Specially trained staff is taking care of the new irrigation system. The staff is continuously being educated and updated on things for example concerning the personal health, how to irrigate more effectively and how to manage the habitats and natural vegetation on the course.
The sustainability group is comprised of a perfect mix of people with different skills and responsibilities. It ranges from general manager and course manager to technical specialist and representatives from the local government and NGOs and the group is considered a committee.
The club has very good collaborations with the local NGOs, the municipality and the Kristianstads Vattenrike Biosphere Reserve. Sometimes the club invites the schools and some times the schools comes spontaneously. There is also a golf gymnasium, created by the municipality and the club, near the club and pupils are of course frequent visitors at the club. A domestic dog club beneath the west course has its grass cut by club. Each year in the middle of June the club is part of a Nordic annual event called “The day of the wild flowers” and the club’s arrangement is one of the best visited in Sweden that day.
A thorough archaeological and cultural historical survey has been carried out. It shows the history of the area from early geological formations, to the prehistoric age and ending up in the history from the Middle Ages until recent. In order to care of the heritage the club did continuously conduct ploughing and haymaking parts of the course. But, for the last two years the machine, given to the club from the municipality, taking away the hay is broken and the municipality don’t want to replace it and the ploughing didn’t give anything so the club stopped doing it.
All the signs on tees etc have been changed from plastic etc to signs in wood and steel and which are much more minimalistic and blend in with the surroundings. The club arranges internal nature seminars with well renowned speakers, arrangements that gather around 70 members listening. Apart from this the club has produced a brochure called “More than a golf course, take care of environmental and cultural values” and the newsletter, issued every second week, sometimes contains information about the sustainability work.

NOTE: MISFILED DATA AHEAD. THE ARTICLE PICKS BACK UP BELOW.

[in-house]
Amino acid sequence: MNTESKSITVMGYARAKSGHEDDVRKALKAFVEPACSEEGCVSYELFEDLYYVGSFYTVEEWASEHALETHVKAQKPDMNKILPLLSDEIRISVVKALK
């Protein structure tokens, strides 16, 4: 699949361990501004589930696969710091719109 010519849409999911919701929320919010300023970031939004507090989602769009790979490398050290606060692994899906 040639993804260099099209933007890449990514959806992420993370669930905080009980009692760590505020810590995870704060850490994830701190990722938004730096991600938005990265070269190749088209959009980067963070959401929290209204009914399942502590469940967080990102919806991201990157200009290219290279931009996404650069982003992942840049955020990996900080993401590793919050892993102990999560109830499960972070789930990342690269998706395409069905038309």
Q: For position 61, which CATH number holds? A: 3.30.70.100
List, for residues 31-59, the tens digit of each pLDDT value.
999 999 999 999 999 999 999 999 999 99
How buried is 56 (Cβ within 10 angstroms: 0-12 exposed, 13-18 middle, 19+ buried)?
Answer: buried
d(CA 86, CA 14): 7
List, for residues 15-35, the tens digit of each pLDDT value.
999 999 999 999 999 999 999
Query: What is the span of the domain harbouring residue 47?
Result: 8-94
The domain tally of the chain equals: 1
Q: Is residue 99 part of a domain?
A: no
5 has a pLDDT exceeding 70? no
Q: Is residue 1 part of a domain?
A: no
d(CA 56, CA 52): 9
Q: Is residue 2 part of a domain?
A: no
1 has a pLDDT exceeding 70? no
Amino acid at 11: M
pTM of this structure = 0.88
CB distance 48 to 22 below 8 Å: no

On the website the part concerning the sustainability work has a top position and it contains thorough information about its sustainability work. The club has many times figured in the local and regional newspapers about the sustainability work.
- Action Plans and Project Proposals
- Awareness Raising Materials
- Certification Report
- Emergency Incident Plan
- Environmental Data
- Environmental Management Plan
- Environmental Policy
- External Surveys and Reports
- Internal Reports
The new owners have really invested in the club with its courses. The East Course has been reconstructed including new greens and irrigation system. A new clubhouse and a new maintenance area are on their way the coming years, hopefully making the energy use much more effective. At the same time the sustainability work has continued and even increased in some areas, like the above. In my point of view, Kristianstads GK is moving into a new era, which hopefully will move the sustainability work further forward. But, the new investments and new thinking must always keep the sustainability in the front row. The new ponds on the East Course are great in saving water but at the same time they will have to reassure the future for the flora and fauna in them, the piled edges not being optimal in that sense. But I’m sure the club will handle that in a sustainable way in the future, as a healthy nature is one of the bases for a modern golf course. Kristianstads GK has a large responsibility being a part of the Kristianstads Vattenrike Biosphere Reserve and it must always bear that in mind when developing the whole facility. But, I’m in great confidence that it will manage that and I’m really looking forward in coming back to it with its friendly atmosphere, beautiful courses and constant development of its sustainability work.
The reconstruction of the irrigation system at the East Course is great and will for sure make the irrigation much more effective.
The East Course with its reconstruction has given this it a new face and the new greens will hopefully reduce the amount of water, fertilizers and pesticides used.